The Bush Doctrine Will Live


By: Guest Authors

By: Brooks A. Mick, M.D.

In the first interview Sarah Palin gave after McCain selected her as VP candidate, Charlie Gibson made much of her dissembling regarding the Bush Doctrine.

Well, interestingly, Charlie Gibson didn’t know of what the Bush Doctrine consisted either. He had a very narrow view of what the Bush Doctrine comprised, referring only to the section wherein Bush had proposed that we should not wait until an attack was imminent to go after our enemies. This, however, is only a part, though perhaps the most controversial part, of the four-pronged Bush Doctrine. Those four parts consist of the following, in the order in which they were first promulgated:

1) The right to build defensive systems despite the opposition of those who might attack us (the abrogation of the ABM Treaty).

2) The principle that those who finance, harbor, and train terrorists and other enemies, i.e., rogue nations, will be considered the enemy too.

3) The principle that, given the reality of WMD, stealth terrorism, and other real-world situations, we could no longer afford to wait until an attack was imminent to respond to threats.

4) The “freedom agenda” articulated in Bush’s second inaugural address that “the survival of liberty in our land increasingly depends on the success of liberty in other lands.” That is, drying up the breeding grounds of the terrorists by spreading democracy.

All of these elements comprise the current Bush Doctrine. I’m sure Charlie Gibson didn’t know that, which might explain Sarah Palin’s “In what respect, Charlie?”

As controversial as these four elements are now, they seemed somewhat commonsense in the aftermath of 9/11–precisely because they are common sense. The principles of national defense that were applicable and sufficient in 1787 or in 1917 or in 1941 are obsolete now. It should be clear that the only people threatened by a defensive system are those who would attack. It should be clear that those who support terrorists are the enemy. It should be clear that WMD have made foolish the idea that we have to wait until attack is imminent. By the time we recognize an attack is imminent, thousands may be dead.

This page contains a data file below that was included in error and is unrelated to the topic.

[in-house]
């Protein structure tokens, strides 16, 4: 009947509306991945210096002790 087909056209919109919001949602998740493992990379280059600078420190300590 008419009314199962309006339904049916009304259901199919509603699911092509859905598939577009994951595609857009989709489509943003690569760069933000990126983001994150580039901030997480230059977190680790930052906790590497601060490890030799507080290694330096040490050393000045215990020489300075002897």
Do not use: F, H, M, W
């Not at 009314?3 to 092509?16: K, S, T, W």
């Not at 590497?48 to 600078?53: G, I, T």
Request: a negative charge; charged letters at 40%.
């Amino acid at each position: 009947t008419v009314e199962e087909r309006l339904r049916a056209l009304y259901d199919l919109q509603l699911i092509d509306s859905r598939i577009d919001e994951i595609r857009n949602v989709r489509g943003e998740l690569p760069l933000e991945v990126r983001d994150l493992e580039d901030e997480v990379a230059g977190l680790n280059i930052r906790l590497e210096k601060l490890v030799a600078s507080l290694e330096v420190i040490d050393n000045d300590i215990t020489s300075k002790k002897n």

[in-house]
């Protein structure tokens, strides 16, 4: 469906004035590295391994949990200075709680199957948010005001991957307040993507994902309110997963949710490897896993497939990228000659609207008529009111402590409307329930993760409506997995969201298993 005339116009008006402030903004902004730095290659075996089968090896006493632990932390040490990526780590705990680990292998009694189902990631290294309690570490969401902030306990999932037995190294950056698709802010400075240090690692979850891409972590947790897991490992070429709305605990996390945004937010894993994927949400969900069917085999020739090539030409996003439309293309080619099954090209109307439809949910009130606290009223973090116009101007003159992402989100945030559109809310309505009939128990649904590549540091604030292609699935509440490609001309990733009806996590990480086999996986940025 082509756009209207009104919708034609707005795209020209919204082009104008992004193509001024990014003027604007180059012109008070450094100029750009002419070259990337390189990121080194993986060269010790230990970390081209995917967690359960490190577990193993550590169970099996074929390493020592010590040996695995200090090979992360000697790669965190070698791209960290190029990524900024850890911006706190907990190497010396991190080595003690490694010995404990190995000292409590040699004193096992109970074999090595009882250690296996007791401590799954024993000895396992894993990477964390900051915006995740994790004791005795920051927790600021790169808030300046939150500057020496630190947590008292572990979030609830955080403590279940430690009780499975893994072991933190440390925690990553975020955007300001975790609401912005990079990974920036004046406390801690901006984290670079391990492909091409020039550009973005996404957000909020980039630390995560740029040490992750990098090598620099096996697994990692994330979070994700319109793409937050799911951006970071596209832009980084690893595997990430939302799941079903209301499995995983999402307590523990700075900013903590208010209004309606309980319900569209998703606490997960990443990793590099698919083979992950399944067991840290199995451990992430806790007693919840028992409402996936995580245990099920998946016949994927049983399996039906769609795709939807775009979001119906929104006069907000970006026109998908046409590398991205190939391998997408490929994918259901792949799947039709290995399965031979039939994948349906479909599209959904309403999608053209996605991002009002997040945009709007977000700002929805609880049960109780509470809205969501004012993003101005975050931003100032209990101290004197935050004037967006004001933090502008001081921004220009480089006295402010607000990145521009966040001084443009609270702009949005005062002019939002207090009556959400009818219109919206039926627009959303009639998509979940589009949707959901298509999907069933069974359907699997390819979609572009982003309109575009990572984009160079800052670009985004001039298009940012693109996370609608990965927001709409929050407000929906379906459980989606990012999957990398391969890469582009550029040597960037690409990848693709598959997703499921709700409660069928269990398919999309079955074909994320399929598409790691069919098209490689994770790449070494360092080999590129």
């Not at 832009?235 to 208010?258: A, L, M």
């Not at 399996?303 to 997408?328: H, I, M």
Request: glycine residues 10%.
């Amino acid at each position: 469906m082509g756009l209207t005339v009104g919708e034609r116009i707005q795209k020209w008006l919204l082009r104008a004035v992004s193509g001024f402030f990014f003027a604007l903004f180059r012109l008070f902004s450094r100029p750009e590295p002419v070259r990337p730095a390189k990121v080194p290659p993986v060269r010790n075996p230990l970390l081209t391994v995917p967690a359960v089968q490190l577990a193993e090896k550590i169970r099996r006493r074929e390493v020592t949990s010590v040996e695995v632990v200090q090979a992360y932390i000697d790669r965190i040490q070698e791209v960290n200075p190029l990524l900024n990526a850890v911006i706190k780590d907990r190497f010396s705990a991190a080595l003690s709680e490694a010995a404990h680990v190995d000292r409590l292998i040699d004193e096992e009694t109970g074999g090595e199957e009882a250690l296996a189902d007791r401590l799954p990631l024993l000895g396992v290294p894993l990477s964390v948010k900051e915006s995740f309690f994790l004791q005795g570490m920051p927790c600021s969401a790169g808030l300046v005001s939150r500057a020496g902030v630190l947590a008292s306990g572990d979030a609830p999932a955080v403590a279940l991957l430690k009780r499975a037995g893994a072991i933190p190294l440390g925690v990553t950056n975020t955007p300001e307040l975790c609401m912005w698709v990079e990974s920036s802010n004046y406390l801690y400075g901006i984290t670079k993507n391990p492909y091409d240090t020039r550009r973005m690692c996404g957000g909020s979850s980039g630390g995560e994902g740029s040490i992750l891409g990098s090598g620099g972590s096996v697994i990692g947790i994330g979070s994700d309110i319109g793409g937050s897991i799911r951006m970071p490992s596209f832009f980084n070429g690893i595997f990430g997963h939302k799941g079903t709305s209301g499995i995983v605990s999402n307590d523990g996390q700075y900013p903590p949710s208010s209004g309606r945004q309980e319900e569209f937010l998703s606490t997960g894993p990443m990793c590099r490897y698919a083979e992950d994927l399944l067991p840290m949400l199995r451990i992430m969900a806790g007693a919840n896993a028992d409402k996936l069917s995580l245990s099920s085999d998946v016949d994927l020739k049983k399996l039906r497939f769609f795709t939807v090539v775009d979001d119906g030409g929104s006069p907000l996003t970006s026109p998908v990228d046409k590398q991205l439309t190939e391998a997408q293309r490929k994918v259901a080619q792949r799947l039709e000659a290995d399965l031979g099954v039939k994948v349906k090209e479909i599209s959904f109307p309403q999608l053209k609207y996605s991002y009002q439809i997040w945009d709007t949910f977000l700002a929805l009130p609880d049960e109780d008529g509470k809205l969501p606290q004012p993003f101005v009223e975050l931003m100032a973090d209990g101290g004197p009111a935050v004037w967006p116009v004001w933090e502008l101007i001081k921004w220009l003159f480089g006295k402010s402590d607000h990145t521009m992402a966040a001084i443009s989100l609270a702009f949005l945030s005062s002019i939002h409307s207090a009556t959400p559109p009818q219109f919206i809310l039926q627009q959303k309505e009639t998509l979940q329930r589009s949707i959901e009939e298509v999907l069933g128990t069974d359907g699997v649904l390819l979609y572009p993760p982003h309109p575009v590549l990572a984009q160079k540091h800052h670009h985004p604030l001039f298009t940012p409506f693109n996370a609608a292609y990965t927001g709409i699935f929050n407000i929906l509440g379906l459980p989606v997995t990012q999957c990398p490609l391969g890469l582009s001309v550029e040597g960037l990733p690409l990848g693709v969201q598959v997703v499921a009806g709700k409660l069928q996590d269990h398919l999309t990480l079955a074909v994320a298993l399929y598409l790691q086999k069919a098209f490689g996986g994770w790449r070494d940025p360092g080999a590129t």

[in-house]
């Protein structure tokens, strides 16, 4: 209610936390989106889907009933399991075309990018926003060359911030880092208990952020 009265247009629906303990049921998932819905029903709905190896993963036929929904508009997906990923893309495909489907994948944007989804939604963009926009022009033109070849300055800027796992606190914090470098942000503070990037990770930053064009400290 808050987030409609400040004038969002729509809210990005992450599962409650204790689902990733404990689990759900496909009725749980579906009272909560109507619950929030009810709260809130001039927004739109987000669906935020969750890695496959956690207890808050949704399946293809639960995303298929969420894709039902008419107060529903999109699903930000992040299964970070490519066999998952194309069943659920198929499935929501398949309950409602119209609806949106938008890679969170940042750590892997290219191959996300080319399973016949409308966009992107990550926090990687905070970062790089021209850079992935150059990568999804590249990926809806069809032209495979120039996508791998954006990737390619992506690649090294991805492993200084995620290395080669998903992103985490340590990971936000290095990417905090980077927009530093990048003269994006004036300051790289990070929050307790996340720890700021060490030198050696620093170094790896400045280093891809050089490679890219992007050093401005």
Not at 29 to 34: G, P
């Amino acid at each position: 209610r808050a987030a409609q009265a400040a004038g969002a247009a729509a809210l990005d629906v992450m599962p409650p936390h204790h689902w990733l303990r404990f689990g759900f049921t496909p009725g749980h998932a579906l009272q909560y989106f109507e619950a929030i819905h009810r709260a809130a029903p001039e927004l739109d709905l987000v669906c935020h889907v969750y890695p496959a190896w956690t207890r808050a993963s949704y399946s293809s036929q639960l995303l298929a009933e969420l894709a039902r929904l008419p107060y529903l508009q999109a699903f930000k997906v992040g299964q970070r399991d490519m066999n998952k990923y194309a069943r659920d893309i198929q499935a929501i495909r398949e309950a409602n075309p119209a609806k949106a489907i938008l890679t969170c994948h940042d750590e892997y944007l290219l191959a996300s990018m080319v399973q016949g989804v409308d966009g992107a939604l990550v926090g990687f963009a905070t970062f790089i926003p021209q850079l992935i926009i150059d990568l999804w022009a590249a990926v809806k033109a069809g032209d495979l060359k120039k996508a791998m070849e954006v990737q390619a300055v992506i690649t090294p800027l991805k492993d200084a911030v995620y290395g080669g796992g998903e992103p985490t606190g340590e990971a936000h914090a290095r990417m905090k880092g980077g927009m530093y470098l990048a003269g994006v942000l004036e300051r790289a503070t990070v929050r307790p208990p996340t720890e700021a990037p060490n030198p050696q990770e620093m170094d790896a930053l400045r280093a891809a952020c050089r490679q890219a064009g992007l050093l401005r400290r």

And with the successful conclusion of the war in Iraq, we will have a democratic foothold in the heart of the Middle East, setting an example for citizens of other countries who may then be given hope for their own freedom and be encouraged to oppose their own oppressive regimes. Looking back from 25 years or so in the future, the fourth prong of the Bush Doctrine may again be seen as simply common sense.

I’m old enough to recall that “LSMFT–Lucky Strike Means Fine Tobacco,” was transposed into “Lord, Save Me From Truman.” Harry T’s approval rating was in the toilet as he left office, those who remember history recall. Yet today he’s ranked as one of the greater presidents. The same will, I predict, befall George W. Bush. And the opposite fate will be the reward of those who repeal or ignore the Bush Doctrine’s quadruple elements. Indeed, this is so self-evident that I predict that Obama will only give some vague lip service to the abrogation of the Bush Doctrine and he will instead continue to adhere to its dictums. We shall watch closely.

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